[via Yuvaraj] Morningstar writes:
We begin with the premise that all highly profitable firms attract competitors, and only firms that are able to keep competition at bay will earn above-normal profits for a long time. An economic moat–or competitive advantage–allows a company to fend off competitors and earn sustainable excess economic profits. We look at return on invested capital (ROIC) relative to the company’s cost of capital to determine profitability, because ROIC shows us the cash return on the capital invested in the business. We think that ROIC is the best measure of a firm’s true economic profitability.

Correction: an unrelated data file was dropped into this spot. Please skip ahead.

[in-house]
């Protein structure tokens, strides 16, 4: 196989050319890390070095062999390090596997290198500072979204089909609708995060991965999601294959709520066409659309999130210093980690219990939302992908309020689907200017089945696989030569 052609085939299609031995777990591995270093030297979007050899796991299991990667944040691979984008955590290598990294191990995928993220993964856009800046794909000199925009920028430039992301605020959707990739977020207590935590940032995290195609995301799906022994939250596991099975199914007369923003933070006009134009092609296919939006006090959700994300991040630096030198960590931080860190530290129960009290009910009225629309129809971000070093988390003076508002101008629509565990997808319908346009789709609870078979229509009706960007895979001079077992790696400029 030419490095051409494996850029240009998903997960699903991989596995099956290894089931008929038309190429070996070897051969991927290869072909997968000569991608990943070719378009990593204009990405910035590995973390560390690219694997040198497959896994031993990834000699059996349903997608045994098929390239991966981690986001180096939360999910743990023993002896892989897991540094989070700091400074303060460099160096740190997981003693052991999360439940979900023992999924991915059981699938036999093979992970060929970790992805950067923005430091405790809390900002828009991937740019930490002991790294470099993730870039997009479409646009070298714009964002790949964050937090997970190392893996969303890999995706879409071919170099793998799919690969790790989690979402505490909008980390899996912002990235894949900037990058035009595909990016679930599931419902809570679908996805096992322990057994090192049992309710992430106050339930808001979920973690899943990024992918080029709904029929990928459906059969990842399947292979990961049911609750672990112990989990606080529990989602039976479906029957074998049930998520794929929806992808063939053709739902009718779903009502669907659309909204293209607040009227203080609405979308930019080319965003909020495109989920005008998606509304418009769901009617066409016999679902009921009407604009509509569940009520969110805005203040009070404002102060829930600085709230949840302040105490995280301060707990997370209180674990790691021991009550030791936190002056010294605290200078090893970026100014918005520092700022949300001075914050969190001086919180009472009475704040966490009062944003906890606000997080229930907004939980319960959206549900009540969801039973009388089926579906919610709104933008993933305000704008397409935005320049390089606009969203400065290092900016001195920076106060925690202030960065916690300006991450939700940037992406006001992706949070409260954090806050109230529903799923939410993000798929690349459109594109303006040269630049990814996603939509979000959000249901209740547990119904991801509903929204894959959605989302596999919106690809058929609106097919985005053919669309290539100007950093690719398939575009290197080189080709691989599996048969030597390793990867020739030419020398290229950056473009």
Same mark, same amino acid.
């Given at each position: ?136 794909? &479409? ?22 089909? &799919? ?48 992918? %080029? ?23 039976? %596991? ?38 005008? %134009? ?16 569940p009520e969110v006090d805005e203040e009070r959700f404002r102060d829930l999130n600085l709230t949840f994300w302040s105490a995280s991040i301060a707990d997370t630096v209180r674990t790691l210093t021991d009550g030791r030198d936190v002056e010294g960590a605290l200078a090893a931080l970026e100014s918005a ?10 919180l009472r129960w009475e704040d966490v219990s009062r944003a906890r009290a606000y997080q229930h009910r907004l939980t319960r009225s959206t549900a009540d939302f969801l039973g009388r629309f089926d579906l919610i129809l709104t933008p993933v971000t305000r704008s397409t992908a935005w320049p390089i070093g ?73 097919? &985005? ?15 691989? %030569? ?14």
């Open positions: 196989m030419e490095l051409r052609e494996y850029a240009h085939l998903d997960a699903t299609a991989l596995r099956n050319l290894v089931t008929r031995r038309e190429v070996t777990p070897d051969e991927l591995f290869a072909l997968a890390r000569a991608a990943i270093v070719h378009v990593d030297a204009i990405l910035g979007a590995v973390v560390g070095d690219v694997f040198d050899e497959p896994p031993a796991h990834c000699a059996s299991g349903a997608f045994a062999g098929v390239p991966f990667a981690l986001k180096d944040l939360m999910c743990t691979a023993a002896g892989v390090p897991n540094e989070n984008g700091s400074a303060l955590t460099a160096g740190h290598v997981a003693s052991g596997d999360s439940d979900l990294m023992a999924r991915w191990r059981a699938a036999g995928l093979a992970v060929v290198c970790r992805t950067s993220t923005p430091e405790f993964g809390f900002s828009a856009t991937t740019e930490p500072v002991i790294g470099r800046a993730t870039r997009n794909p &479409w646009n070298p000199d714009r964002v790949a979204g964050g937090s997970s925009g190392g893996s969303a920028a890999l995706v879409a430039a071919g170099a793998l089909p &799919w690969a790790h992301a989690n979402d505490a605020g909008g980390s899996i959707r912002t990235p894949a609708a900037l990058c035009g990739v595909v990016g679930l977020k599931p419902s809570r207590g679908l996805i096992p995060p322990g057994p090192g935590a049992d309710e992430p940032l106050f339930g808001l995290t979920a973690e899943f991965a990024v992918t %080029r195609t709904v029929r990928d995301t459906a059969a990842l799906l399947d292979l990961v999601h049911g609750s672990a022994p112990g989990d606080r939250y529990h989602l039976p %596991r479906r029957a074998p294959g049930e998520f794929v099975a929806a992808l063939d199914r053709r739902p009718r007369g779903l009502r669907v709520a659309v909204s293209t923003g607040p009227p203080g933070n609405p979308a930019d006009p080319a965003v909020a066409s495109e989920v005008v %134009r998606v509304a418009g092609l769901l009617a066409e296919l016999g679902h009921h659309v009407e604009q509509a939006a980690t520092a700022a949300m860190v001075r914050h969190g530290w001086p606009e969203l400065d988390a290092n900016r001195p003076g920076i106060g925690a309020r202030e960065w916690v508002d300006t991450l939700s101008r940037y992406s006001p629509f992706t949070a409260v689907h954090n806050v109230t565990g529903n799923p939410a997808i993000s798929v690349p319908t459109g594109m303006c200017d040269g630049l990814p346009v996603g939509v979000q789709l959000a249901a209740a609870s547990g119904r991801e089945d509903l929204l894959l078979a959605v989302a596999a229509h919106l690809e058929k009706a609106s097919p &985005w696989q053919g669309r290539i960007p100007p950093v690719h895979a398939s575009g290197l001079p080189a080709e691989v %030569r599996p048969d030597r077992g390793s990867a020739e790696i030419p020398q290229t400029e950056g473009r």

Of course, we have to examine ROIC relative to a firm’s cost of capital because money isn’t free–those who have capital charge companies for the right to use it, and they charge some companies more than others. A firm that operates pipelines or sells beer has a low cost of capital because it has a stable business, so investors don’t ask for much in the way of returns. A small semiconductor or biotech firm would have a very high cost of capital because it’s entirely possible that investors might not get their money back, so they ask for a high return to compensate for the higher risk. For example, an ROIC of 14% would be spectacular for a pipeline company relative to its 8% cost of capital, but would barely clear the bar for a small tech or biotech firm.